Climate Corps Projects
Shoreline Restoration Solutions for Mason’s Island
The Climate Corps worked with the Mason’s Island Association to identify solutions for controlling erosion on a section of the Mason’s Island shoreline. The plan explores potential shoreline resilience solutions as well as their drawbacks and benefits, and determines a potential living shoreline technique that would build up the current shoreline, prevent further erosion, and have positive long-term impacts on the shoreline and nearby ecosystems.
A Carbon Neutrality Path for Stonington
The Climate Corps worked with the town of Stonington, CT to develop a carbon neutrality plan that presents carbon reduction strategies and options that the municipality could act on toward achieving carbon neutrality. The plan recommends direct strategies including ground-mounted solar, rooftop solar, and geothermal heating/cooling systems; and indirect strategies including community engagement, energy efficacy, and electrifying transportation.
Mapping Vernal Pools in Andover
The Climate Corps worked with the town of Andover, CT’s Conservation Commission to identify potential vernal pool depressions and map them using ArcGIS online to create an interactive map and database for future updates. Through buffer analysis, spatial calculations, and overlays with land cover data, this map also provides critical conservation zones and serves as a crucial first step in the conservation of critical wetland habitat in Andover that will be used and built upon in all later steps of the process.
The Stonington Lighthouse Museum Resilience Plan
The Climate Corps worked in the town of Stonington, CT to evaluate the impacts of climate change in the area of the Stonington Lighthouse Museum and to project future impacts on accessibility to the museum. The plan identifies potential solutions which include resilient shoreline techniques, implementation of pervious pavement, rock barriers, and structural improvements and reinforcements to the museum building.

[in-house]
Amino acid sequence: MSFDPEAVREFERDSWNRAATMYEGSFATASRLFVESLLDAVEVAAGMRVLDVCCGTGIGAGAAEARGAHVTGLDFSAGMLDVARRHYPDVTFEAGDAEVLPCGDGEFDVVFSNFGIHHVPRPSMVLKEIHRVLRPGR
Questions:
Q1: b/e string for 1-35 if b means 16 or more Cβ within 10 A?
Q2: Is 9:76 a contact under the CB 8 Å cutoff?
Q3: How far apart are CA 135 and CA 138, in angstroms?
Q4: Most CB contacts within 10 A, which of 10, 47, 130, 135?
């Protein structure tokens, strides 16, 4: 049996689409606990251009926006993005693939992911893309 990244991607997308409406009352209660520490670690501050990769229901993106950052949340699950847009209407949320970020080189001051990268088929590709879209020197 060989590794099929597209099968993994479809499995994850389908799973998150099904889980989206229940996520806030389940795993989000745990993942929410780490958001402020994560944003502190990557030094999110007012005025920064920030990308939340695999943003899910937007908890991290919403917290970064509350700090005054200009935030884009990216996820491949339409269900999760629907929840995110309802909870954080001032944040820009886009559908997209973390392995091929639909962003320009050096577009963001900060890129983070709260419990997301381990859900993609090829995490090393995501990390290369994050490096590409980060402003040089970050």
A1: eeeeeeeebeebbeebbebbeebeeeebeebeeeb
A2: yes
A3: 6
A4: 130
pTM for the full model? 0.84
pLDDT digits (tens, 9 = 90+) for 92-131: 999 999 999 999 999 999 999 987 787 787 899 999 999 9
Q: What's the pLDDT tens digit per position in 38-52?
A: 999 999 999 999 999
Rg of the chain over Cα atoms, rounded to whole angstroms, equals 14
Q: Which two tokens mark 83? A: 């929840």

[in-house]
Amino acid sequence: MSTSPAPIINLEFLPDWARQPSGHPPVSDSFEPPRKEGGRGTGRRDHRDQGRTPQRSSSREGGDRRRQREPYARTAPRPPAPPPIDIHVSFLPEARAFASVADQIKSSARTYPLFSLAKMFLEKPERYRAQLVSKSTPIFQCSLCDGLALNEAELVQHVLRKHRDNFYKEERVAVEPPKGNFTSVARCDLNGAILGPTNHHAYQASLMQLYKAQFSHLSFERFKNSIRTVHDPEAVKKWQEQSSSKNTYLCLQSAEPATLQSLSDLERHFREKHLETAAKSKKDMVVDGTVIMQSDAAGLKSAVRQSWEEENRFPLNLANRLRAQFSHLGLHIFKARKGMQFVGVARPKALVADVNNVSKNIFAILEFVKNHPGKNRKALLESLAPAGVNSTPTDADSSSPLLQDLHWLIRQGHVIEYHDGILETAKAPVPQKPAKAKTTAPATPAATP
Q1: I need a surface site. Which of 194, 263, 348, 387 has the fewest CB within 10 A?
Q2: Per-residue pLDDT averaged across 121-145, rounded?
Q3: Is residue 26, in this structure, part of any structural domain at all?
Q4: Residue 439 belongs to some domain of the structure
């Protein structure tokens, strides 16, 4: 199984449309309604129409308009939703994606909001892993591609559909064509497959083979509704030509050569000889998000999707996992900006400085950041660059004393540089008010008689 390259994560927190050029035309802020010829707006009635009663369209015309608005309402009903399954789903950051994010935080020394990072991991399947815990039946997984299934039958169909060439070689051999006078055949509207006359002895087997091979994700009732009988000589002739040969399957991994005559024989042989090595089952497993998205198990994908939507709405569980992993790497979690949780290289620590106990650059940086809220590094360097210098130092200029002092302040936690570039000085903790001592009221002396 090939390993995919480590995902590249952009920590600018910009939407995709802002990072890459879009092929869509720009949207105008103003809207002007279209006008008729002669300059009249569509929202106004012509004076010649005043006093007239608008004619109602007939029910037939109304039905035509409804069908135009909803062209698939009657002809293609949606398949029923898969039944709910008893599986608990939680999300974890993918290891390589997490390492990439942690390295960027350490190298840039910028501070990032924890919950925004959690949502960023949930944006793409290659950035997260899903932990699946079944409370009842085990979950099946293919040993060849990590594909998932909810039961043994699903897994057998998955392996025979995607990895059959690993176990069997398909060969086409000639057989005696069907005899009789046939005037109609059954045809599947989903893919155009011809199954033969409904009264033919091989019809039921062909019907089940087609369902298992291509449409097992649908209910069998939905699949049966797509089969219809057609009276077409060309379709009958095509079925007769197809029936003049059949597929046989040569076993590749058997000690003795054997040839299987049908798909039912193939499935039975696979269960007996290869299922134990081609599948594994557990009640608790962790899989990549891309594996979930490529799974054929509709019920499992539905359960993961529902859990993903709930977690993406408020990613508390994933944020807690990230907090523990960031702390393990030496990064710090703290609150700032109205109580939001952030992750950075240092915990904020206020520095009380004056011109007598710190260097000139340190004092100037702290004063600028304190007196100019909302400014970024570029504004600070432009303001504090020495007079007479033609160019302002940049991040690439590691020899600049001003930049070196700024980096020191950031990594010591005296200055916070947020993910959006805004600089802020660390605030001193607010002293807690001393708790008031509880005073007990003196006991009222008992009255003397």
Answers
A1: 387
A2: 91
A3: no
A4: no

Land Reclamation After Hypothetical Managed Retreat at Groton Long Point
As part of research on managed retreat, a climate corps student analyzed the impacts of sea level rise and storm surge in the Groton Long Point area. In this hypothetical scenario, four typical zones are identified to implement living shoreline technology to maintain coastline integrity, prevent erosion, and encourage biodiversity. The specific strategies involve dune construction, marshes and rock sills, coir logs, dune vegetation and recommendations of appropriate plants and long-term maintenance.
Resilient Coast in Chalker Beach
The Climate Corps worked with the Chalker Beach Association (Old Saybrook, CT) to analyze the impacts of climate change and coastal floods, and propose potential solutions. The plan recommends the transition of traditional roads and sidewalks to more pervious pavement to help stormwater infiltration and incorporating rain gardens and green roofs to retain water and cool temperature and further reduce electricity consumption. Education of residents on various options to flood-proof their homes is included.